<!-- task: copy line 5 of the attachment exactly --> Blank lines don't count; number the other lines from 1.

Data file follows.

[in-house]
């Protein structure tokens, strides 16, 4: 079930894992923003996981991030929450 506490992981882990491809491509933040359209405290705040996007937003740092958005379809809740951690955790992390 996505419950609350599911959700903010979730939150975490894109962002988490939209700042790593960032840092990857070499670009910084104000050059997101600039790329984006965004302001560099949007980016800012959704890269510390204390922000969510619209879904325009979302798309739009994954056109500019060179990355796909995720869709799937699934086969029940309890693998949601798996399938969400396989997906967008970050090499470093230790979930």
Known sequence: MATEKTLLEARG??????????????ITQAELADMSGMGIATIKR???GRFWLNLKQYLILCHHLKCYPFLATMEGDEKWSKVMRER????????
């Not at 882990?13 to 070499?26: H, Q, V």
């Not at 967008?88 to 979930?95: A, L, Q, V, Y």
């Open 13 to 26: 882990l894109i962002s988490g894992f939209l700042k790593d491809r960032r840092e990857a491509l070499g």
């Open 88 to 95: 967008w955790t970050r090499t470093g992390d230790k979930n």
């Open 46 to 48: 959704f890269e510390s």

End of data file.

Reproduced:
């Not at 967008?88 to 979930?95: A, L, Q, V, Y």